Pomacanthus navarchus, the blue-girdled angelfish or majestic angelfish, is a marine angelfish from the Indo-Pacific region. It occasionally makes its way into the aquarium trade. P. navarchus is one of the smallest of the larger species of angelfish. It grows to a maximum length of 28 centimetres (11 in), but is usually much smaller than this, and can live to be up to 21 years old. Younger fish stay closer to the shallows, but the more mature fish can be found up to 120 feet (37 m) deep. Majestic angelfish eat mainly sponges and tunicates. Juvenile fish are mostly blue in color with white stripes. As they mature, they take on a yellow coloration on the flanks, dorsal fin, and tail.
(F. Cuvier, 1831)
The body of this fish is laterally flattened. Adult fish have three main colored sections; the anterior section in front of the eyes and the front part of the body is lemon yellow; the central section is funnel-shaped and is deep blue, and the posterior section is reticulated in bright yellow and blue. The sections are separated by pale blue bands edged with black. The mouth and lips are blue as are the rays of the pectoral and anal fins, while the dorsal and caudal fins are yellow, edged with pale blue. There is a long spine on the gill cover which is used in defence. Juvenile fish are dark blue with slightly curved, white lateral stripes. The change from the juvenile to the adult coloring takes place quite abruptly, with little intermediate coloring.
Distribution and habitatEdit
Pomacanthus navarchus is native to the tropical Indo-Pacific region, its range extending from Indonesia and the Philippines to northern and eastern Australia and Micronesia. It can be found at depths down to about 40 m (130 ft) on outer reef slopes, channels and lagoons in coral-rich habitats.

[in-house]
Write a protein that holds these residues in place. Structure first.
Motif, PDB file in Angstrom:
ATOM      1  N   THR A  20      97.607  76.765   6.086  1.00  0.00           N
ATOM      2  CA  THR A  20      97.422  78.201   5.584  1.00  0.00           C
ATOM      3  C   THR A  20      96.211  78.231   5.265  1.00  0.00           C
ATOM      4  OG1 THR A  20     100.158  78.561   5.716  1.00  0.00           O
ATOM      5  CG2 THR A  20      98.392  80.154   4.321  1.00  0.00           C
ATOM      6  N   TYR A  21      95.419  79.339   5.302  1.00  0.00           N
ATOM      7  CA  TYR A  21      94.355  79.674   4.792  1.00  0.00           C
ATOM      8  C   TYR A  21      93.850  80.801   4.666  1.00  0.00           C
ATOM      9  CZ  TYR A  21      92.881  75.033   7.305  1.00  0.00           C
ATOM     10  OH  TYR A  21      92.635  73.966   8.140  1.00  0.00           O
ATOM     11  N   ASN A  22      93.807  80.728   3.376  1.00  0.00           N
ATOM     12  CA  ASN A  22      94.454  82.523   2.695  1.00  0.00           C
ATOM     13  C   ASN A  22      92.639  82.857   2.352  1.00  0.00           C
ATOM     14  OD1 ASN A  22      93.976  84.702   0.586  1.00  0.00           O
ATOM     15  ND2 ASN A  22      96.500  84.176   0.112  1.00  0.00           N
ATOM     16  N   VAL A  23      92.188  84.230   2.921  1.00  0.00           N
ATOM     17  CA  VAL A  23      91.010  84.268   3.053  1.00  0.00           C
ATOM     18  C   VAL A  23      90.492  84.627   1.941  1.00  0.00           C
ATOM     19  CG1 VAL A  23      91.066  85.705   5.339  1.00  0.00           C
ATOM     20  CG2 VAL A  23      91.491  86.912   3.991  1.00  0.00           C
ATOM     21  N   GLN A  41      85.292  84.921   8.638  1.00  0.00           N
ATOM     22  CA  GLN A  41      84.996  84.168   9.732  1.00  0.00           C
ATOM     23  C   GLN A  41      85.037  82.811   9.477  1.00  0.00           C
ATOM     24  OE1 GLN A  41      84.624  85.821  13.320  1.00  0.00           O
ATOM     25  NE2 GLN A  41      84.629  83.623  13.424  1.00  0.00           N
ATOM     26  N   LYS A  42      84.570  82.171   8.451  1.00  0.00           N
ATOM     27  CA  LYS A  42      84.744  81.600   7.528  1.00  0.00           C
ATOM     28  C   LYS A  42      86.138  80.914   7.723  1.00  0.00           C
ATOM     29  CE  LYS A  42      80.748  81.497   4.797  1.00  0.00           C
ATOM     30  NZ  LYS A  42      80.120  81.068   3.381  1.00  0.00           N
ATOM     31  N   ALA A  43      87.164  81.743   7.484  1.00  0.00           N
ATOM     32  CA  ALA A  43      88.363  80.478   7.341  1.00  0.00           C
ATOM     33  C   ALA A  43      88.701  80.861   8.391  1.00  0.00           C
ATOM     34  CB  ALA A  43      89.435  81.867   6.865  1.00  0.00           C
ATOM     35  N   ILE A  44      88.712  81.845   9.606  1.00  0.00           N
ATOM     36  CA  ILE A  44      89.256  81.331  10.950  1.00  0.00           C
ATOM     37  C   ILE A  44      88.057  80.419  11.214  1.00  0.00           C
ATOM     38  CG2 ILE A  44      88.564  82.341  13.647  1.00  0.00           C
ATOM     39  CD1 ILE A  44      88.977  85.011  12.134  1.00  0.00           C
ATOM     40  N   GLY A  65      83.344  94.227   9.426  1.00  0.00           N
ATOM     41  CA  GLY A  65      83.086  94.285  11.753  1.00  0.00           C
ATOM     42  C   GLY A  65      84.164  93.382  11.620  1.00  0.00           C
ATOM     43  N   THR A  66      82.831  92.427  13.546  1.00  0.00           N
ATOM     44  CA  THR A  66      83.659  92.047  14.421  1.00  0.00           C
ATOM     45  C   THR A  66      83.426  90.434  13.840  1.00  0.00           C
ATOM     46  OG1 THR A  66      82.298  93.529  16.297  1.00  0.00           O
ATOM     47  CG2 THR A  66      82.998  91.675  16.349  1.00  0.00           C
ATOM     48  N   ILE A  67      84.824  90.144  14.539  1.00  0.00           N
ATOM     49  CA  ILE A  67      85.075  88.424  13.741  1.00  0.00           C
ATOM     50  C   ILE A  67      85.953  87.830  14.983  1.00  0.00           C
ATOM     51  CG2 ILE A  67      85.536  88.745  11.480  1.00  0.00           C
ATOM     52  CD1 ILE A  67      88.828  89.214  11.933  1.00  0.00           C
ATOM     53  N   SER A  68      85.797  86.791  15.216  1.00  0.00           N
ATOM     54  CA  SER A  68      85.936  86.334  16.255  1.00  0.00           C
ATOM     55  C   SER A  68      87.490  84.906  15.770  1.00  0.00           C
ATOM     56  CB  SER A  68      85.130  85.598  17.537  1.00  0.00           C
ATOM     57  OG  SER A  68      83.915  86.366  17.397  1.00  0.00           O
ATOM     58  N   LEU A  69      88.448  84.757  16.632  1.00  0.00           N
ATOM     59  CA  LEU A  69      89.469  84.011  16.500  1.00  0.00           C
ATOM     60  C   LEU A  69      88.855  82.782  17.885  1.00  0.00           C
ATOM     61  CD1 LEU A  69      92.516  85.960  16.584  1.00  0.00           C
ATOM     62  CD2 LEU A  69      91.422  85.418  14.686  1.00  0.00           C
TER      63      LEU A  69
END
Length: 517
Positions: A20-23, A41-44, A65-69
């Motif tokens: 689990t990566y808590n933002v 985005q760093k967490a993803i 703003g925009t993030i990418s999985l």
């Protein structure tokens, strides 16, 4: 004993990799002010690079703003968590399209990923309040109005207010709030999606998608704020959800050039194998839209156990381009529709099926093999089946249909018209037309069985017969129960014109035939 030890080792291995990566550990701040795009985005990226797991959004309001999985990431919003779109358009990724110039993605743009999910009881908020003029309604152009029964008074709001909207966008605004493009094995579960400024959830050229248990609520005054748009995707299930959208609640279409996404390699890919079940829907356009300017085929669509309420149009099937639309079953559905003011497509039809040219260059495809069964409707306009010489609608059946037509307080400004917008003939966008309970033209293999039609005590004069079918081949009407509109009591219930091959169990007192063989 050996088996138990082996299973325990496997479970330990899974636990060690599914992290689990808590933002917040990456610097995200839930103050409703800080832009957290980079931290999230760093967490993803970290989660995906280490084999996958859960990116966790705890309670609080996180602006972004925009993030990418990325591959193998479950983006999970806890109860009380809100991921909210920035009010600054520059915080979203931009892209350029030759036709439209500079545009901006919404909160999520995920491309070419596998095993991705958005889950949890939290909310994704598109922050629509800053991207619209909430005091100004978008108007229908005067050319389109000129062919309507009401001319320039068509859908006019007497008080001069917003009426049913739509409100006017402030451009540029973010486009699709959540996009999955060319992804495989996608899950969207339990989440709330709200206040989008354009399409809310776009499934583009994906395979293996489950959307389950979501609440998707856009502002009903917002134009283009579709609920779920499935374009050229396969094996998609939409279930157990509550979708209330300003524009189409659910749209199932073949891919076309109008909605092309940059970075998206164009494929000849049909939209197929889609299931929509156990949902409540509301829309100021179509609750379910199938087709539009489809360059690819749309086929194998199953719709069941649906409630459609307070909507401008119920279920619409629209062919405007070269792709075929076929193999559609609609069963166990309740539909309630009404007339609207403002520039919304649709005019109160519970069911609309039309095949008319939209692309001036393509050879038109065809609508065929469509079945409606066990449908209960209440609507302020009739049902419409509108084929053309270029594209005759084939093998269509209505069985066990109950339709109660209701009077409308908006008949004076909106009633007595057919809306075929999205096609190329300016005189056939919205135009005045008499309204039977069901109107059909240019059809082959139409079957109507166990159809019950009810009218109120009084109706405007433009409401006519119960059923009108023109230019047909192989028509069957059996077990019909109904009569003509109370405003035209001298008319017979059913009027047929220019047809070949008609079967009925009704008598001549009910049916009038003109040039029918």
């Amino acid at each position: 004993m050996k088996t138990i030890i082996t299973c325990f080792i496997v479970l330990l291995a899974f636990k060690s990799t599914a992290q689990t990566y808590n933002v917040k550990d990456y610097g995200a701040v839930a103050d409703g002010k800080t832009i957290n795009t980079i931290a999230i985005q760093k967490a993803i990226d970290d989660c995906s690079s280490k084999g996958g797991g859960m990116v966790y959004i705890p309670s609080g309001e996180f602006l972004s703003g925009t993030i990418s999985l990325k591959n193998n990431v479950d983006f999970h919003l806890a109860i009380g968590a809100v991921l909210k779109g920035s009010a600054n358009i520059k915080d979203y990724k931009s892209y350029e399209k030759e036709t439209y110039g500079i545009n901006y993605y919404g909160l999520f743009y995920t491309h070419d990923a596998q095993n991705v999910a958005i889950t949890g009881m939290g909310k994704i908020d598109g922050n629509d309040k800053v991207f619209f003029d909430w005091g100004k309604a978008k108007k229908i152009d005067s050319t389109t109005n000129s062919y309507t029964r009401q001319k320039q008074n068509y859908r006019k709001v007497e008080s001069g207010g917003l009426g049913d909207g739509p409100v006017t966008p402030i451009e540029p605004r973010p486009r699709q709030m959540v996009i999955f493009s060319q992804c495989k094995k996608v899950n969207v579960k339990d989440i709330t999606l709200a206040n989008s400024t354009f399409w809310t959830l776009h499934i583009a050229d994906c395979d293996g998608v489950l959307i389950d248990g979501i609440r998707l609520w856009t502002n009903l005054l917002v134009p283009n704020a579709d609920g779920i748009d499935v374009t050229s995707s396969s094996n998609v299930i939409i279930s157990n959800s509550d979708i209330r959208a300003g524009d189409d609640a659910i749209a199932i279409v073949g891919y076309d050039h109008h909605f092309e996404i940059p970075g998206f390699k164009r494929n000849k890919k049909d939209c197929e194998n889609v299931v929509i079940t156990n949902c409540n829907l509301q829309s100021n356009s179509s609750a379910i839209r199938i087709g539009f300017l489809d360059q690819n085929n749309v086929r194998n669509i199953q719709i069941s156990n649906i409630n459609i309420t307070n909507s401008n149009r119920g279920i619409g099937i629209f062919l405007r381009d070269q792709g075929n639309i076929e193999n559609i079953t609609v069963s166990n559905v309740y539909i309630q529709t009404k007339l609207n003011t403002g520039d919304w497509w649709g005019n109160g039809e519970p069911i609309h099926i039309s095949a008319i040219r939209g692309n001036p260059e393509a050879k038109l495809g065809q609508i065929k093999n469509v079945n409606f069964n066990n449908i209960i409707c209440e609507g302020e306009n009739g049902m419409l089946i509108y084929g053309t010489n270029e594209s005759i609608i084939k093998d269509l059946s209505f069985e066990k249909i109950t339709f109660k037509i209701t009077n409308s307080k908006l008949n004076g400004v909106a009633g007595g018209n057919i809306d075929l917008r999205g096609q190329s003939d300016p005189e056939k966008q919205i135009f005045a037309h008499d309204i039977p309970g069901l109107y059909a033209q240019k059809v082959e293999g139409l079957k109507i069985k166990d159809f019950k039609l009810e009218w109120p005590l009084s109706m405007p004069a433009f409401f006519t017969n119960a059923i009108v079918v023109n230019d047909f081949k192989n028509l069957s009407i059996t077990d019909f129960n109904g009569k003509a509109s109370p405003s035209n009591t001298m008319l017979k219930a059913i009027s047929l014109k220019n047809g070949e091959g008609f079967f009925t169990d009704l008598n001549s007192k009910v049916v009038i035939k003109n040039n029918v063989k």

Pomacanthus navarchus is territorial and is generally found alone, but occasionally in pairs or small groups. It inhabits the demersal zone, feeding on sponges, algae, tunicates, zooplankton and small invertebrates. It is a protandric hermaphrodite, starting adult life as a female and later becoming a male.
- ^ Pyle, R.; Rocha, L.A.; Craig, M.T. (2010). "Pomacanthus navarchus". IUCN Red List of Threatened Species. 2010: e.T165867A6152605. doi:10.2305/IUCN.UK.2010-4.RLTS.T165867A6152605.en. Retrieved 20 November 2021.
- ^ a b c Froese, Rainer; Pauly, Daniel (eds.) (2020). "Pomacanthus navarchus" in FishBase. July 2020 version.
- ^ Schiemer, Gregory (July 2005). "Aquarium Fish: Pomacanthus navarchus - The Majestic Angelfish". Advanced Aquarist. Pomacanthus Publications, LLC. Retrieved 2012-01-06.
- ^ a b Cornu, Francois. "Polycarpa aurata" (in French). Sous les Mers. Retrieved July 2, 2020.
- Photos of Pomacanthus navarchus on Sealife Collection